Multivitamin recommendations & considerations Multivitamin recommendations & considerations

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Thread: Multivitamin recommendations & considerations

  1. #1
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    Default Multivitamin recommendations & considerations

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    Coach Santana

    Is there a “real” difference in high end “bio-available “ vitamin & mineral supplements or are standard supplements from GNC, COSCO, etc sufficient?

    I think I’ve had good results with Nutrilite Double XX vitamins BUT they are relatively pricey at $70 a month (and it is Amway... so there is that &#128540

  2. #2
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    Difficult to say without independent testing. What are you defining as "good results?

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    Within 2-3 weeks of taking, my hair and finger / toe nails start growing like crazy. I view this as a generalized proxy measure for cell activity and So it would aid in growth and recovery.

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    Are you having brittle hair, skin, and nails? How much protein are you consuming?

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    Ha! No hair : yes. Brittle hair? No. 50 yr old male, 220#, 200 grams protein / day, about half from supplements.

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    I did something novel and spent more time searching the site...

    I think I have the answer...

    Protein and Barbell Training | Robert Santana

  7. #7
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    Sounds like you are getting plenty but get that split to 75/25 if you can. Lots of micronutrients (e.g. zinc, b12, iron) in food sources that you don't want to miss out on. Glad you found your answer in the oddest of places.

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    Thanks Coach

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    Robert, with the exception of actual deficiencies it has been my understanding that supplements of the vitamin and mineral type really show no benefits to strength, health or longevity. Could I have your informed opinion of that?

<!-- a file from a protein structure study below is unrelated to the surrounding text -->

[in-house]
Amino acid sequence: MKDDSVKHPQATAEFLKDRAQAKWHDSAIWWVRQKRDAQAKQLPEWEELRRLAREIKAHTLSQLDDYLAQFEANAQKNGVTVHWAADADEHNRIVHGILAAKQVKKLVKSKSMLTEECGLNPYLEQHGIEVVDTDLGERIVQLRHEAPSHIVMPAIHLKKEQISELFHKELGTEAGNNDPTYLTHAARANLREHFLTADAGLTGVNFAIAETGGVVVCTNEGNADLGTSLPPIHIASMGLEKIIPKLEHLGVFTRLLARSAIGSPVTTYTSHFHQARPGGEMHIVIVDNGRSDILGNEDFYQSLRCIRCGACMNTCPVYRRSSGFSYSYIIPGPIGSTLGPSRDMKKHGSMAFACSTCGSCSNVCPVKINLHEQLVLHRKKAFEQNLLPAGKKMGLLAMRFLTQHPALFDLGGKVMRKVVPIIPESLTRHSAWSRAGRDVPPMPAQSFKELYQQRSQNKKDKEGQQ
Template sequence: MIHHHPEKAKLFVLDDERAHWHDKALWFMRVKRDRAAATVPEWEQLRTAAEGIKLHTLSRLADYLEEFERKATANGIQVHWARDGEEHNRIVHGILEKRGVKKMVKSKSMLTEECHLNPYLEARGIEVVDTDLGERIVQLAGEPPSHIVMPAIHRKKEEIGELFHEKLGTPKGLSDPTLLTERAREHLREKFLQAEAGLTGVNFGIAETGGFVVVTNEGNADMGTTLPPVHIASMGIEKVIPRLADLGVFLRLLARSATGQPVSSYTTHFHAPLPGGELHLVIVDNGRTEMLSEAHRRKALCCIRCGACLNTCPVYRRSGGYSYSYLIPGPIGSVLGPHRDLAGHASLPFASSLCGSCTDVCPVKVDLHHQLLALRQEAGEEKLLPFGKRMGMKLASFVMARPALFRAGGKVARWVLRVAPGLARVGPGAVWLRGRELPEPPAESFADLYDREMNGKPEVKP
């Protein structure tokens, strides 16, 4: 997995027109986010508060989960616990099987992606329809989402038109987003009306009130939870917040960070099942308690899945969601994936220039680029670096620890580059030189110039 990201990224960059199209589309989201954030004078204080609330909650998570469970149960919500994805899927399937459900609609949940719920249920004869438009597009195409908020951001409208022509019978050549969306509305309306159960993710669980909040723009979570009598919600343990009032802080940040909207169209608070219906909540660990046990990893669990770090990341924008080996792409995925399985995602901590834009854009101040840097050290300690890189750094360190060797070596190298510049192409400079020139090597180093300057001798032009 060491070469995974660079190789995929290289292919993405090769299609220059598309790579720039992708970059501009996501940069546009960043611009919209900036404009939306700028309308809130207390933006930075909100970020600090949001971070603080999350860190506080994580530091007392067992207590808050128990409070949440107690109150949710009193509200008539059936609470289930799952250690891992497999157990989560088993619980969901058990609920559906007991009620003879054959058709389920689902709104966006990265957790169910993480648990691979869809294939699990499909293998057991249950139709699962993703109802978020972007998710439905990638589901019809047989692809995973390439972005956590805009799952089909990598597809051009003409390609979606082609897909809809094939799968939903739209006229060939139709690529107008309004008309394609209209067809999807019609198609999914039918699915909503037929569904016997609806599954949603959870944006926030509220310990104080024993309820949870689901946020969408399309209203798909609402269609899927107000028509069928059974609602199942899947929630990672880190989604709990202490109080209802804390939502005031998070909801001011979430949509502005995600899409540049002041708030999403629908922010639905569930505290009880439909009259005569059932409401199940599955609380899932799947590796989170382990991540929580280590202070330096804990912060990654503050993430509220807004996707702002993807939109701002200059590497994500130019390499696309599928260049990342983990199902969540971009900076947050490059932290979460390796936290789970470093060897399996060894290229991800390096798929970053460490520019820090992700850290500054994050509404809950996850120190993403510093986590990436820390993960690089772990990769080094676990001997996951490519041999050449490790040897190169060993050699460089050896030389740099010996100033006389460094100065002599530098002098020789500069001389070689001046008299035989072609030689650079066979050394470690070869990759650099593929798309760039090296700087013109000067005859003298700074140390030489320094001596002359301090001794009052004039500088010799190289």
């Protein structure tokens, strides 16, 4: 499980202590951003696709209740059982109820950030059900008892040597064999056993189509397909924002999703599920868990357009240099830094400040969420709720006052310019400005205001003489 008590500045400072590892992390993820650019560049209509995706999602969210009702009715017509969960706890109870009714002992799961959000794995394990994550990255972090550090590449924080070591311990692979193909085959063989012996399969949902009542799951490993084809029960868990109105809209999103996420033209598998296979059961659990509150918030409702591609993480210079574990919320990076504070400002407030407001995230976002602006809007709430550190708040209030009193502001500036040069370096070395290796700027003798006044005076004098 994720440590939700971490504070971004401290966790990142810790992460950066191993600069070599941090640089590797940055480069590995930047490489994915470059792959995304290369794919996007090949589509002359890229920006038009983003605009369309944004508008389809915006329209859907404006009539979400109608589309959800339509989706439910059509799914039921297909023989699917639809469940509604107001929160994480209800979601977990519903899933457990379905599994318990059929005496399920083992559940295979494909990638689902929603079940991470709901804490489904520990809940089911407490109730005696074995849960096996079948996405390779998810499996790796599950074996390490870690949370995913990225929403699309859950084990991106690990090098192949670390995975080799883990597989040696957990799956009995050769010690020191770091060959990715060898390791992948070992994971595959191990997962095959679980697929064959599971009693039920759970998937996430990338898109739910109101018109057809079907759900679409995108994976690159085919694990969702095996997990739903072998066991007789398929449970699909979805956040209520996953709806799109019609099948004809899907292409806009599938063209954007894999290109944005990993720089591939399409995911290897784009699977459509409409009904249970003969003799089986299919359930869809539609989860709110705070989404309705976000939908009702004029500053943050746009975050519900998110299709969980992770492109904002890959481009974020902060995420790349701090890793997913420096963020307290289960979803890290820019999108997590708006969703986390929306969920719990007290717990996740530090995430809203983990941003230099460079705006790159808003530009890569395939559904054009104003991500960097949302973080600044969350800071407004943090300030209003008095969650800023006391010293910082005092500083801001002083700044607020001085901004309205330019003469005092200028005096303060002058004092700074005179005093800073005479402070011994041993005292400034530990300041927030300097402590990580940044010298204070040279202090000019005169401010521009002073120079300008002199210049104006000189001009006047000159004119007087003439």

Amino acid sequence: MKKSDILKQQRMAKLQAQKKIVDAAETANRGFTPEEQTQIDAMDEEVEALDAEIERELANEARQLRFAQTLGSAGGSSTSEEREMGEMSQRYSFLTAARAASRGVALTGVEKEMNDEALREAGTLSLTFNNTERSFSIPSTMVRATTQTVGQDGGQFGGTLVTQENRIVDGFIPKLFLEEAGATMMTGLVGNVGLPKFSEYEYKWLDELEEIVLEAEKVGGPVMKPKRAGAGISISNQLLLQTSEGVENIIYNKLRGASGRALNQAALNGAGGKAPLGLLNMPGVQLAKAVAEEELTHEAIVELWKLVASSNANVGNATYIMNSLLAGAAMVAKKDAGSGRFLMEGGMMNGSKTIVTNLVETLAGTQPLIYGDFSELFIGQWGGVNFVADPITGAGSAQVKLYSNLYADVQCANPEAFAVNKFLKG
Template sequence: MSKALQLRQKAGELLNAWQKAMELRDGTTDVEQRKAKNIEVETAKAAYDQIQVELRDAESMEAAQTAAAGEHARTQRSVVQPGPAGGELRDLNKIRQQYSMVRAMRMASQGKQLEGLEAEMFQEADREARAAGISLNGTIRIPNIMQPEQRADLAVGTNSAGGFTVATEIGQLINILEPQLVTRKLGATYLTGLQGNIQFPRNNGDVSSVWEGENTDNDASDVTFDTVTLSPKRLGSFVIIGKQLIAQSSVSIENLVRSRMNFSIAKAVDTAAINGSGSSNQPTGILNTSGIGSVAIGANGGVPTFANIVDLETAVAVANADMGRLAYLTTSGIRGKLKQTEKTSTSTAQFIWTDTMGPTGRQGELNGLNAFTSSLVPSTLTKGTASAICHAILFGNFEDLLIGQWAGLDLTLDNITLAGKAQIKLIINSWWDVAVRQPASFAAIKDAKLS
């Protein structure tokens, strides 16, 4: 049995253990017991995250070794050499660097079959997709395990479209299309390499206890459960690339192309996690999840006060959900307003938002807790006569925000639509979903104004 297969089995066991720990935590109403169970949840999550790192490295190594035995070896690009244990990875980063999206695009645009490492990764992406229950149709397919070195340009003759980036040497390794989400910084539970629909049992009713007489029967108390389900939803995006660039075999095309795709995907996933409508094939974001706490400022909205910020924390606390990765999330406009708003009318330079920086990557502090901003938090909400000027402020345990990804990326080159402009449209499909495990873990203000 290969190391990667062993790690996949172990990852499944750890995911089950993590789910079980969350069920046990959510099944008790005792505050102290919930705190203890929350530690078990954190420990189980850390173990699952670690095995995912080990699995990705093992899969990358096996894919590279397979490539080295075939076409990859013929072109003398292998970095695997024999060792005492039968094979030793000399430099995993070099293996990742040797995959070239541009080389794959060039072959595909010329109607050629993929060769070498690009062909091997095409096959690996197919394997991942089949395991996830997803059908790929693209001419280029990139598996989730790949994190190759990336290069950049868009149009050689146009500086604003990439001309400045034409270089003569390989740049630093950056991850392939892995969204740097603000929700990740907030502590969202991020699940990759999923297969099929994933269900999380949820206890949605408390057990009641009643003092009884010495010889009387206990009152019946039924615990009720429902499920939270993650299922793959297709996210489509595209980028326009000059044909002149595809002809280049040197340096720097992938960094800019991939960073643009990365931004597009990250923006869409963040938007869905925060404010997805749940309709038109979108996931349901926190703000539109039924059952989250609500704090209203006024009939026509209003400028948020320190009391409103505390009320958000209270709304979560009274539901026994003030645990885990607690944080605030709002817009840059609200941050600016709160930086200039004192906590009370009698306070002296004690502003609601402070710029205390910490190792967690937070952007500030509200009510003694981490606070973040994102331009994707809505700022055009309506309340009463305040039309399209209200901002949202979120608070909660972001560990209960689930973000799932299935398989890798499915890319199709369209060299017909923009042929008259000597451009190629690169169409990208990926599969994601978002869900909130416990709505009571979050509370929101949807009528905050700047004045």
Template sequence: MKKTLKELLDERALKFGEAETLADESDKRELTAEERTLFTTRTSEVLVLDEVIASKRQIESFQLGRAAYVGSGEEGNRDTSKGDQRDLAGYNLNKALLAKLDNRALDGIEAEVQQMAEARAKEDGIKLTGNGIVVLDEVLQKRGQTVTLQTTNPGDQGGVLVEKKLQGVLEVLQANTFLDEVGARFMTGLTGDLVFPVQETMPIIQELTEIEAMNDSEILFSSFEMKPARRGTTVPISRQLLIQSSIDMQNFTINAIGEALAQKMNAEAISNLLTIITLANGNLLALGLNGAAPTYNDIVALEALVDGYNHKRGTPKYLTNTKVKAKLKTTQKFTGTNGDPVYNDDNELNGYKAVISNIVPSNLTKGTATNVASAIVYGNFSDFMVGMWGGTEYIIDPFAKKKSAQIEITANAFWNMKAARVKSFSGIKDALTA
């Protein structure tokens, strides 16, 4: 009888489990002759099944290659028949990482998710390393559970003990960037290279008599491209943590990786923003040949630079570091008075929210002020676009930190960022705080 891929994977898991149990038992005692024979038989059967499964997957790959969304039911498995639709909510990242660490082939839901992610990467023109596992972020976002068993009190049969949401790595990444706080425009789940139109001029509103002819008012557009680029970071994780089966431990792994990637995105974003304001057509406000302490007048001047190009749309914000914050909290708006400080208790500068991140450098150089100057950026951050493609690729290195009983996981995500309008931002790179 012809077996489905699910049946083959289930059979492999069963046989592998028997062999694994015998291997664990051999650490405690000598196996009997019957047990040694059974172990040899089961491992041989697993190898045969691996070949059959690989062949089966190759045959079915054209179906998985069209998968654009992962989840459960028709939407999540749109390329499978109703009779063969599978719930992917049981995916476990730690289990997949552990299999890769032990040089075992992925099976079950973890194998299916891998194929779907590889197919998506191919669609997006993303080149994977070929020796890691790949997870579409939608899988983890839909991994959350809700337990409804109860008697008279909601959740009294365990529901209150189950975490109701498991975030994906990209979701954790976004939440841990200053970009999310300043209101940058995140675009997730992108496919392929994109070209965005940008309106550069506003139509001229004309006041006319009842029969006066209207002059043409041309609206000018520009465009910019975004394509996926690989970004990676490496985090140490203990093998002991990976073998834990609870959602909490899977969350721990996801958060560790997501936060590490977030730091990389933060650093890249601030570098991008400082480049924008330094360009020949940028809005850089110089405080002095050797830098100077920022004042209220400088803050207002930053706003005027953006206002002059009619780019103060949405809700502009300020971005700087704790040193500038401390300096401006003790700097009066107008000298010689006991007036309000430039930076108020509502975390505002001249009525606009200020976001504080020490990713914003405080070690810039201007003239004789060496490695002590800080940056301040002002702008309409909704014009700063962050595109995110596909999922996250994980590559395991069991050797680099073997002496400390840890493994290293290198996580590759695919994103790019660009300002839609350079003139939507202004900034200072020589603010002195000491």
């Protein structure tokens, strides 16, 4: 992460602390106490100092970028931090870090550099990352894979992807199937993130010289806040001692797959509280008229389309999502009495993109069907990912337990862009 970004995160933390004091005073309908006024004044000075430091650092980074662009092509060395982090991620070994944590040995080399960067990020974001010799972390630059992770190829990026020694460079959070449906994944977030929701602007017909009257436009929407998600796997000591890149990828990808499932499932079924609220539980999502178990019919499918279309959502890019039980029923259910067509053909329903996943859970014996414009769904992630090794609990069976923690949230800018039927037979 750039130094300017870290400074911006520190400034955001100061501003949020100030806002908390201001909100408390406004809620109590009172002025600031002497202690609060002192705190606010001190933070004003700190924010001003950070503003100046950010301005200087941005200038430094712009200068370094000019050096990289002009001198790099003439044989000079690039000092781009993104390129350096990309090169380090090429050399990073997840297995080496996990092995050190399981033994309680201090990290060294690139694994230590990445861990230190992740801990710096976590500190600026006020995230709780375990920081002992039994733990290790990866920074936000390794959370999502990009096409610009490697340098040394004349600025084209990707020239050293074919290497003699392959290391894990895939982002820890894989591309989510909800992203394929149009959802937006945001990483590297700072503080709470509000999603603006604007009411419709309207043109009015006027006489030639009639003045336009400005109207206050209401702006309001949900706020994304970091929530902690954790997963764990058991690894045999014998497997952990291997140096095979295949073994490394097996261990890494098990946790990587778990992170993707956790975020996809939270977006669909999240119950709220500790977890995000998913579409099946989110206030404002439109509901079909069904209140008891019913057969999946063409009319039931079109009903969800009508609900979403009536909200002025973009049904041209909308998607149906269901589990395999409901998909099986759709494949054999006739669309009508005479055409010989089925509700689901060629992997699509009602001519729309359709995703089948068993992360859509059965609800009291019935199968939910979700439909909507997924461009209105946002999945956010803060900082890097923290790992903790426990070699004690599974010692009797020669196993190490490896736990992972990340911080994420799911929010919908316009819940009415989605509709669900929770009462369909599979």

10. #10
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    starting strength nutrition camp
    Quote Originally Posted by Alchemist View Post
    Robert, with the exception of actual deficiencies it has been my understanding that supplements of the vitamin and mineral type really show no benefits to strength, health or longevity. Could I have your informed opinion of that?
    I generally agree with that. The problem is twofold. First, if you are eating enough carbohydrates, proteins, and fats you should get a wide assortment of micronutrients. The flipside is that the amount in the raw food may not be the amount absorbed in the human body. Various factors like heat, sunlight exposure, cold, fiber content of the food, and protein content of the food can all impact the amount of a given vitamin or mineral you actually absorb. The RDAs, AIs, and ULs account for this and for some nutrients will overshoot the recommended amount (e.g. niacin equivalents (NE)). The other half of this goes back to the fundamental issue with all nutrition research on human subjects: actual intake of food outside of the intervention is not measured in a reliable way. Even if you look at inpatient feeding studies, the duration is too short to draw meaningful conclusions. So the question as to whether you should or should not take a multivitamin or multimineral really depends on the quality of your diet and on whether you actually see results from taking them even if those results may be placebo (because why not? Still a desirable result isn't it?). The questions then become:

    1) Are they harmful?
    2) Can you afford them?

    First, megadosing A,D, and E can have potentially toxic effects. In fact, a random factoid that I learned back in my undergraduate studies, was that humans should not consume polar bear liver because the vitamin A content is so high that it can lead to a lethal case of hypervitaminosis A. Since polar bear liver is not the most common thing to get a hold of, it's not a major public health concern. Vitamin D and E also get stored in the fat cells (whereas A gets stored primarily in the liver) so it is unlikely that we will get hypervitaminosis from those vitamins consuming most commonly available foods. Now, if you start megadosing supplements the risk increases.

    Minerals, on the other hand, have a different issue. They tend to compete with each other for absorption. So for instance, if you take magnesium with milk and the calcium content of the milk exceeds the supplemented magnesium, you will absorb the calcium and not the magnesium. Same deal with most other minerals. Iron is the one to be careful for the most if you are male or female that doesn't menstruate. This is because iron is considered a "one way nutrient" meaning that we do not have an effective method of excreting it other than giving blood of menstruating (if you are female). So it is generally advised that men and females that do not menstruate give blood a couple of times per year to clear out their iron stores.

    So to answer your question, it has been my experience that if macro balance is achieved, microbalance is likely at a good place if the weight on the bar is going up and muscle mass increases. That isn't to say more may not help, rather that any added benefit is not likely to be perceived by the lifter, which leads to my questions above. If you don't mind spending the money and they aren't causing harm, then I won't fault you for taking them.

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